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Comparing Earth's Atmosphere with other planets

Measure Nearby Planets

Many scientists and governments express concern over how the composition of the atmosphere will affect global temperature and weather patterns. For example, if the average temperature increases by 10° F globally, how will that affect agriculture and the food supply? What about changes in weather patterns? Too much water = flooding, and too little water = drought. Do humans contribute to this problem? Sure! Any increase in greenhouse gases will increase the effectiveness of the atmosphere at trapping heat, and industrial nations that burn fossil fuels (coal, oil, and gas) emit carbon dioxide into the atmosphere in HUGE quantities every year. If the temperature on Earth continues to rise, is there a possibility that we could be making Earth too hot to like on? Is there any way we could “cool off” the Earth, or make the increase in temperature more gradual and slow?

Perhaps if we look at how the Earth’s atmosphere compares with the atmospheres of Venus and Mars, you will come up with some ideas about how atmosphere and temperature can be brought into better control. Let’s check it out.

Let's go back to the activity where we measured the temperature, pressure, and ozone of the atmosphere, only this time we'll send a probe to other planets.

Interactive Lab

Launch a rocket similar to Russia's Mars-96 probe.

We learned about how Earth's atmosphere is heated, let's see what it's like on other planets.

Interactive Lab

Click image for interactive comparison.

Now answer these review questions.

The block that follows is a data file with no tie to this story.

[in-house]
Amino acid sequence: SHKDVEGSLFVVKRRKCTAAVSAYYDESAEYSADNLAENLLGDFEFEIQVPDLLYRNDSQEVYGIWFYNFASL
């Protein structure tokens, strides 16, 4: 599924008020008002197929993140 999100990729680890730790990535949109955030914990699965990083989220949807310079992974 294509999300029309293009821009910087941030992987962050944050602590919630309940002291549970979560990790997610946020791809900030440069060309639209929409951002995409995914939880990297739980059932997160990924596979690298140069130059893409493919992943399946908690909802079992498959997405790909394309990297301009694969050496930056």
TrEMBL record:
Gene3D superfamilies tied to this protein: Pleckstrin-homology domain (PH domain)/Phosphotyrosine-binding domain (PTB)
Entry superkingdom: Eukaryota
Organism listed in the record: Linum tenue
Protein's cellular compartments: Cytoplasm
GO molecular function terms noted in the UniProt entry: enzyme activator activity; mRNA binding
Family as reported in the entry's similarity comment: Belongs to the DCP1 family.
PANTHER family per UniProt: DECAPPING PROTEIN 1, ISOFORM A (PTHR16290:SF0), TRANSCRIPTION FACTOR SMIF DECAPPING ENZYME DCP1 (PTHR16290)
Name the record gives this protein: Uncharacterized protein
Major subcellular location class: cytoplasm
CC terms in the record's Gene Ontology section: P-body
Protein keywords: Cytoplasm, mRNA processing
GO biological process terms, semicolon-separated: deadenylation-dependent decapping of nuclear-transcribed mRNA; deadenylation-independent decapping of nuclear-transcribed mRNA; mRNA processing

1. When looking at all of the factors that affect temperature and temperature ranges of planets, many scientists have explained the phenomenon observed in the comparison of Venus, Earth, and Mars as the “Goldilocks Effect.” Write a brief paragraph explaining the analogy of how the Goldilocks Effect applies to the temperature variations seen on these three planets.

    What is the bottom line for determining atmospheric temperature of planets? You must always consider energy.

  2. Where is the energy coming from to heat the planets initially?

  3. What factors will trap energy in a planet’s atmospheric system?

  4. What will reflect incoming solar energy back into outer space?

  5. What is the most variable component of the Earth’s atmosphere that is most likely the main reason Earth does not experience huge temperature variations between night and day?

  6. If the temperature of a planet is to remain constant, the energy in must equal the energy out.

Enter your name:

Scientists are concerned about changes in the Earth’s atmosphere that will upset the balance of energy in or out of the Earth system. So far, Earth is not too hot, not too cold, but just right (referring to the Goldilocks analogy). But Earth’s atmosphere is changing, and Earth may not always enjoy the benefits of the atmosphere we have today. Studying the factors that affect temperature on other planets may help us discover secrets to maintaining our own atmosphere – which is really a thin blanket of air that supports life as we know it. Human impacts on the atmosphere, which are controllable to a degree, are ones scientists are seriously studying, hoping to find the answers they need to keep Earth “just right.”

So what makes Earth "just right"?
Earth’s temperature stays relatively constant (when compared to other planets) because of the greenhouse effect. This is good – the Earth continues to re-radiate light even during the night-time hours when one side of the Earth is not receiving sunlight.



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